provided to The Santiva Chronicle
The City of Sanibel is a sanctuary island that lives in harmony with our native wildlife and landscapes. By removing invasive green iguanas, we are preserving native vegetation and protecting our native wildlife from displacement.
To authorize the trapper access to your private property to lethally remove iguanas, use the link below and complete the trapper request form. Be sure to indicate the location (plant species, location on property) and time frame of day you frequently see the iguanas on the property on the City form to ensure we have all the best information to increase success of any future trapping events. Iguanas are creatures of habit and typically frequent the same preferred areas daily.
Please only submit a removal request form if you are the property owner of the address to which you are requesting removal assistance. The City is not collecting information on sightings of iguanas at this time. City staff monitors parks and right-of-way for iguanas and these iguanas are removed accordingly.
The City trapper works on the island one day a week. The City contracted trapper does not respond immediately to requests for iguana removal. The current turnaround time for a trapping event is approximately one to two weeks which fluctuates throughout the year depending on the volume of reports.
For questions about iguanas or the City’s Iguana Removal Program, email Conservation Officer, Veronica Runge at Veronica.Runge@mysanibel.com.
Tips to effectively manage iguanas on your property:
• In accordance with FWC and state wildlife laws, property owners may also hire a nuisance wildlife trapper directly to address iguana issues beyond the scope of the City’s Green Iguana Removal Program. For more information about licensed nuisance wildlife trappers on Sanibel, email Conservation Officer Veronica Runge at Veronica.Runge@mysanibel.com.
• Iguanas generally are attracted to tropical plants from the islands and South America where they are native. Removing exotic plants such as hibiscus, gardenia, bougainvillea, turf grass, Brazilian pepper (invasive), and any tropical fruiting plants such as mangos, can be an effective way to reduce iguana activity in your yard permanently.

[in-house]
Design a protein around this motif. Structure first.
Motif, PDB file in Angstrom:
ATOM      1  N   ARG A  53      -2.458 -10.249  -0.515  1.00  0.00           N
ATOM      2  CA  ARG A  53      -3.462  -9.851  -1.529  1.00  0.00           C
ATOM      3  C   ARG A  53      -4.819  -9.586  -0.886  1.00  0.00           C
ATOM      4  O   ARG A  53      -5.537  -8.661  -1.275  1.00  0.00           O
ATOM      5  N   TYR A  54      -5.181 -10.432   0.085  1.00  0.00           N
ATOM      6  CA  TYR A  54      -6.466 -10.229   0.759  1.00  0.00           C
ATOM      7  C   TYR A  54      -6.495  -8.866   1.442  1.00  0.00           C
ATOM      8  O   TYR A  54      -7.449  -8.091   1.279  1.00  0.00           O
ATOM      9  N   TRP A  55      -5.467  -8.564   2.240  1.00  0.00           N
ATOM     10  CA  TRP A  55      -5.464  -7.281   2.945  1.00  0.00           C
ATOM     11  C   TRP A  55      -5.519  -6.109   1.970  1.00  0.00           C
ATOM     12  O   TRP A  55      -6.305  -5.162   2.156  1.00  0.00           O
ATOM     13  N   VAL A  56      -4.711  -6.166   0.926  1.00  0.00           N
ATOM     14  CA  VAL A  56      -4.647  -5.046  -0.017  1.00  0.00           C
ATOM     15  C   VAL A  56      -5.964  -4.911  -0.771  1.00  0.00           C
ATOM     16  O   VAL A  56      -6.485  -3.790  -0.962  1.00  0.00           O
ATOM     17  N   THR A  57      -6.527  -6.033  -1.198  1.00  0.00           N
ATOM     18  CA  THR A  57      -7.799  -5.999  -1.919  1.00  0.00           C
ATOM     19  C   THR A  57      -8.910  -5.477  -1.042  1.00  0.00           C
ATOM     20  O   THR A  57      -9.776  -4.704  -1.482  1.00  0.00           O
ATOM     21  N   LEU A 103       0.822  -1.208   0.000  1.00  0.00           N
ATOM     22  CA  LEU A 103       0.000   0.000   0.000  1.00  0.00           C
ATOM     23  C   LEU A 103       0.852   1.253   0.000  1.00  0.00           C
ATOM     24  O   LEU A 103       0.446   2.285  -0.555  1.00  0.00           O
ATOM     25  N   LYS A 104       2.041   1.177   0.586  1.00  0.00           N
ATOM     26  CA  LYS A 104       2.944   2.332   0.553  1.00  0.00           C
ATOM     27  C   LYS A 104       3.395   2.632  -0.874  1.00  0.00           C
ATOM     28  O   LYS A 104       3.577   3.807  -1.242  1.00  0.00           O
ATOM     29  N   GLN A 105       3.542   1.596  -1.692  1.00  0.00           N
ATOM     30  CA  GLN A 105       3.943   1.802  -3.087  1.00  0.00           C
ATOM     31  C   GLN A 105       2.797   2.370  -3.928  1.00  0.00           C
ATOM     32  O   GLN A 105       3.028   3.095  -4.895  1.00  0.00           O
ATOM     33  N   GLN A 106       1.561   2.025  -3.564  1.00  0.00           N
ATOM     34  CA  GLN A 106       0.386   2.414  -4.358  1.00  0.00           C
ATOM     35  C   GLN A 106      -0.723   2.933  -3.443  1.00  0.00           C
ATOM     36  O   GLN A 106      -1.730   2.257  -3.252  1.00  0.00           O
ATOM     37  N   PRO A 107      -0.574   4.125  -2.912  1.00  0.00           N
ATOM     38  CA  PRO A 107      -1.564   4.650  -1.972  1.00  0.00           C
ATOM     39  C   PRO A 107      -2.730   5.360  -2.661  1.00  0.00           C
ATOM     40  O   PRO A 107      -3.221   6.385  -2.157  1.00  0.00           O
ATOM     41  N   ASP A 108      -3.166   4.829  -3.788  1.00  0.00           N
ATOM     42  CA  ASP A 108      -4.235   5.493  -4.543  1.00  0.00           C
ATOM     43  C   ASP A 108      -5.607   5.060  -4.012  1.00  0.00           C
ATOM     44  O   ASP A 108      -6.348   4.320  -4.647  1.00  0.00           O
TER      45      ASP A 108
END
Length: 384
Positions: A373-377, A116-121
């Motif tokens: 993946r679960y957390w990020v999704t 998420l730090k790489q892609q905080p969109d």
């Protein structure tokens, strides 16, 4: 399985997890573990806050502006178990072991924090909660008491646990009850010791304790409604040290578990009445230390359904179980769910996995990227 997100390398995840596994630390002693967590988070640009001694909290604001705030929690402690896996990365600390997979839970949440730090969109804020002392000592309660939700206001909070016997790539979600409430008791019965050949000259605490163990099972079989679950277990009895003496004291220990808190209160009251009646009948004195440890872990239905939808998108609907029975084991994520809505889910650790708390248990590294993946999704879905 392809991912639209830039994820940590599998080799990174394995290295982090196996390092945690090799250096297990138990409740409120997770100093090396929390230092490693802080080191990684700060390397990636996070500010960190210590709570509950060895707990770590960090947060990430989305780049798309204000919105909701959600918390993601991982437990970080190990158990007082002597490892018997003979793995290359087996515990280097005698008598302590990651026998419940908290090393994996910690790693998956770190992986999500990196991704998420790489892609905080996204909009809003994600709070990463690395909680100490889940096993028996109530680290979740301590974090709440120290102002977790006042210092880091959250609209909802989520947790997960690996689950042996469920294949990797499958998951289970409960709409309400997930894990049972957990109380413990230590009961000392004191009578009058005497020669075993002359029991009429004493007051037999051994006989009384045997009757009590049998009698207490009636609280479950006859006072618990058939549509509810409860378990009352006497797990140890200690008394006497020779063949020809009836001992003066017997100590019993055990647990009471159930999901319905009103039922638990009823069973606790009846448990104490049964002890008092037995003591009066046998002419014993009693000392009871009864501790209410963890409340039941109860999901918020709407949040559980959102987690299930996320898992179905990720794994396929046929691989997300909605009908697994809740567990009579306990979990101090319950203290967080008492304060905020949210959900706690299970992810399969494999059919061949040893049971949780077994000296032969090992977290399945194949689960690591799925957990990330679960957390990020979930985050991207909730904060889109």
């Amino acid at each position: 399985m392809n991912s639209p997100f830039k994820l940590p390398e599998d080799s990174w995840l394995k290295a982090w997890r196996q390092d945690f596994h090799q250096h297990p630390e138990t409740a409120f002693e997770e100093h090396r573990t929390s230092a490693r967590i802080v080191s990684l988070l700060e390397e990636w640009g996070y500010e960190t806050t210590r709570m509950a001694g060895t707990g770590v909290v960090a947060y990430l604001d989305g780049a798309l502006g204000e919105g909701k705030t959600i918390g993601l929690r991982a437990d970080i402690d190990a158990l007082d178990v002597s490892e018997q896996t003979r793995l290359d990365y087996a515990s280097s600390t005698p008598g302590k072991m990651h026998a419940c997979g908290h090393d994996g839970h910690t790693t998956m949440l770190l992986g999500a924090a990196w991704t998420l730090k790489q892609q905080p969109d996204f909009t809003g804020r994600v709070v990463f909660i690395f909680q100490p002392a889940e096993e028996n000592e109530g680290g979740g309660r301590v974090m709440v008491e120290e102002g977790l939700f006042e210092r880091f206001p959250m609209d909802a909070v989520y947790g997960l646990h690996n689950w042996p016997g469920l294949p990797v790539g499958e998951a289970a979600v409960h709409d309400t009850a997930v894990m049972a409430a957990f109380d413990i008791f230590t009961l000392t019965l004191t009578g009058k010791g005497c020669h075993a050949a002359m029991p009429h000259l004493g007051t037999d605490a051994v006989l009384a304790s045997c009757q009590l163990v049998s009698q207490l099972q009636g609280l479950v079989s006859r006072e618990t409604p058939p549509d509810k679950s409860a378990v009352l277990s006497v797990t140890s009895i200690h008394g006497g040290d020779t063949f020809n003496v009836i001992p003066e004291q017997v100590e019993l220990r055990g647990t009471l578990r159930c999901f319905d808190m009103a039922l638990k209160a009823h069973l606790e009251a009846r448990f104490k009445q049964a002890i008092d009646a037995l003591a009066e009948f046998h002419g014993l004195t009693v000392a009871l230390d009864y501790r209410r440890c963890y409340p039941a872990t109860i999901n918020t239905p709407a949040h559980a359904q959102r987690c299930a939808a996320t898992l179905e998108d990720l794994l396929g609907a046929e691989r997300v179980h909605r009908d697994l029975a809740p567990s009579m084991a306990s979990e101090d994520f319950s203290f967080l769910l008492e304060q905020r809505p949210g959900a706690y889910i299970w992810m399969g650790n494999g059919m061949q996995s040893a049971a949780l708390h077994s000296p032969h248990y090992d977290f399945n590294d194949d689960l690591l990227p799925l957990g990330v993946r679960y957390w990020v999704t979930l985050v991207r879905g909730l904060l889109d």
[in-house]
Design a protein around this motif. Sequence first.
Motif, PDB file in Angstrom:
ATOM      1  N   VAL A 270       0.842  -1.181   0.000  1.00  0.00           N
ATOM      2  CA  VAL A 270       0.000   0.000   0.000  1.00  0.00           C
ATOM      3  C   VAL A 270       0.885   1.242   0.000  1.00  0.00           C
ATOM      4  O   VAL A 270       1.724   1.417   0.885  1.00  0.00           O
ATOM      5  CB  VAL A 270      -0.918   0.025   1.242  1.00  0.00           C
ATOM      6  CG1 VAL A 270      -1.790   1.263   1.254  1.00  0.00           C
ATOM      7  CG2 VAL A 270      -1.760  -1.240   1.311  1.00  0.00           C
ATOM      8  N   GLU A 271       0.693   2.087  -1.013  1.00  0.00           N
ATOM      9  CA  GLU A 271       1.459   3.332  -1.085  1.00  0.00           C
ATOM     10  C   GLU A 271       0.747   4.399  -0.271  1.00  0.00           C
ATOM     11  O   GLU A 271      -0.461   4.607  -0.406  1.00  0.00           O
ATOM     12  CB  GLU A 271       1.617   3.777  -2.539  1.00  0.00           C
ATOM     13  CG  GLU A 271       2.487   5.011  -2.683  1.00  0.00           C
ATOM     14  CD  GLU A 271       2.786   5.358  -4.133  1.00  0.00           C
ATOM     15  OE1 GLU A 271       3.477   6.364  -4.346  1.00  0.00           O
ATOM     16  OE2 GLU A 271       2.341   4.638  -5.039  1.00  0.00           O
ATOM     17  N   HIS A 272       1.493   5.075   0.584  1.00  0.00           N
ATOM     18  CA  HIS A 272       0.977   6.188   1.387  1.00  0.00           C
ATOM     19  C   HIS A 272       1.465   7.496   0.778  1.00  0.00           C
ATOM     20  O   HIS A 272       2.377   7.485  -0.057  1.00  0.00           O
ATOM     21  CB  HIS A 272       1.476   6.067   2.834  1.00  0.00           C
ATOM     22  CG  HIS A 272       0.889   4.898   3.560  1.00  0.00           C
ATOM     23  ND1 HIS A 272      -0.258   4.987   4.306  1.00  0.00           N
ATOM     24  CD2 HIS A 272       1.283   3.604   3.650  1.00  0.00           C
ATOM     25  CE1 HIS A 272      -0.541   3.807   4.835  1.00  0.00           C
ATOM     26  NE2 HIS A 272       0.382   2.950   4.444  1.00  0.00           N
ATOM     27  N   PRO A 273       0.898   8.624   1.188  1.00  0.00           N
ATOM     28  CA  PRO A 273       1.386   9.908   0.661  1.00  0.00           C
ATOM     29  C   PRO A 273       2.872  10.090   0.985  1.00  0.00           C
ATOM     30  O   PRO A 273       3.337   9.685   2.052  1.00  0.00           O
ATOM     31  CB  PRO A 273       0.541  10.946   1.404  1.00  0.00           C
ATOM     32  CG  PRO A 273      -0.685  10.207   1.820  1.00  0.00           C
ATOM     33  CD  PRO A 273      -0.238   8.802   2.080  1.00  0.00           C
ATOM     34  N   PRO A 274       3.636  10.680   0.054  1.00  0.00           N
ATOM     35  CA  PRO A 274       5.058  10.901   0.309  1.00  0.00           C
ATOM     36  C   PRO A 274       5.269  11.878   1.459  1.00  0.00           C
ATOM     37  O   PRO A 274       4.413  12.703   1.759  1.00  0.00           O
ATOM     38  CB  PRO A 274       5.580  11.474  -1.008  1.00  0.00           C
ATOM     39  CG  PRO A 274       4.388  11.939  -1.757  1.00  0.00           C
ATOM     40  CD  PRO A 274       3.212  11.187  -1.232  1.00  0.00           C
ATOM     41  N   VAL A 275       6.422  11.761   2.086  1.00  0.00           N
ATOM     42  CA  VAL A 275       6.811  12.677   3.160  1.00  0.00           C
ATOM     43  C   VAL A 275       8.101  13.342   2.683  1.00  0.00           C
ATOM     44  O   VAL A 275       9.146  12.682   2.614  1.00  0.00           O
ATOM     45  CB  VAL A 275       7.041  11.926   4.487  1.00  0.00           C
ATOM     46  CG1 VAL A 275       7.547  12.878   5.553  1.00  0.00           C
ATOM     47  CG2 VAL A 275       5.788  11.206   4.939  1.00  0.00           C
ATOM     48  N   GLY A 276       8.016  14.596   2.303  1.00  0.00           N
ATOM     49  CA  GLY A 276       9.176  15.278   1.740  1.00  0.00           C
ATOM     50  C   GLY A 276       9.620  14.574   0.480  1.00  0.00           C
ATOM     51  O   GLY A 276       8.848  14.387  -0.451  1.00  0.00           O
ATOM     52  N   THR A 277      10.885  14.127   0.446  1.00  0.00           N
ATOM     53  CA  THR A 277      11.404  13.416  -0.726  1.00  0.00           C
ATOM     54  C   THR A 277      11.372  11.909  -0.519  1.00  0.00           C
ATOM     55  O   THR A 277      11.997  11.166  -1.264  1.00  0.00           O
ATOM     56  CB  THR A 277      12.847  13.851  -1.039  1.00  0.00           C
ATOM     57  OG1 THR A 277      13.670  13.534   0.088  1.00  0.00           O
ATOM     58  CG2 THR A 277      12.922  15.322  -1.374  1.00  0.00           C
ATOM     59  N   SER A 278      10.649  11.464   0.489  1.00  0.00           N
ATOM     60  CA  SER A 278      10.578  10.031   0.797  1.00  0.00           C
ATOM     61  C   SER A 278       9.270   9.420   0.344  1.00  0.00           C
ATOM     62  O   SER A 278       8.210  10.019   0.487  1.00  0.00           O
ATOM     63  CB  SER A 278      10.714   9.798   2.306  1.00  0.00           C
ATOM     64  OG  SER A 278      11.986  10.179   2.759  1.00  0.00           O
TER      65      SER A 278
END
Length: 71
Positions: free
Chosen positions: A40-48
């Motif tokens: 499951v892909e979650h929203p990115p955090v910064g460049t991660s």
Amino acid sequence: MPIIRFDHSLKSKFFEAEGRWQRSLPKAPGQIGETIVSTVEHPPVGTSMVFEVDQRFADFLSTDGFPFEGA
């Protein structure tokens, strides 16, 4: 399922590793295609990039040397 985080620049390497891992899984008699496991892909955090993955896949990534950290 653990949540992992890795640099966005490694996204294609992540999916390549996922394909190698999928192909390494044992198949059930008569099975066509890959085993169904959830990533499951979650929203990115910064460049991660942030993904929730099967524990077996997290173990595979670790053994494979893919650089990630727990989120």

• Placing reflective devices in areas where iguanas are regularly observed and using a garden hose or sound devices whenever possible to haze iguanas will discourage their presence on your property.
• Property owners are also encouraged to click on the links below to view guidelines from the Florida Fish and Wildlife Conservation Commission (FWC) on iguana prevention, exclusion, deterrents, habitat modification, and iguana capture.
a. FWC- Iguana Technical Assistance for Homeowners:
b. FWC Iguanas of Florida Brochure: Iguanas in Florida (myfwc.com)
c. Iguana ID Guide: Exotic Lizard Identification. (mysanibel.com)
How does this iguana removal program work? What does the City trapper look like and what are his responsibilities?
• The City of Sanibel Natural Resources Department catalogs each iguana report using the information on the form submitted by the property owner including location on the owner’s property, time of day the iguana is seen, and the activity observed (foraging, sunning, burrowing, etc). The information is provided to the City trapper each week.
• The trapper notifies the Sanibel Police Dispatcher of his location while working on Sanibel. The contracted City trapper wears a lime green shirt, which identifies him with writing, “Sanibel Lizard Control Program.” The contracted City trapper’s vehicle has a magnetic sign that reads “Sanibel Lizard Control Program.”
• The trapper contacts the Sanibel Police Department upon completion of each daily activity and reports his actions. The report is reviewed by the Natural Resources Department and accounted in the City database where Natural Resources staff track removal reports specific to each property.
• The trapper typically visits the property once a week for two weeks. If iguanas are still present, property owner are encouraged to file a new report.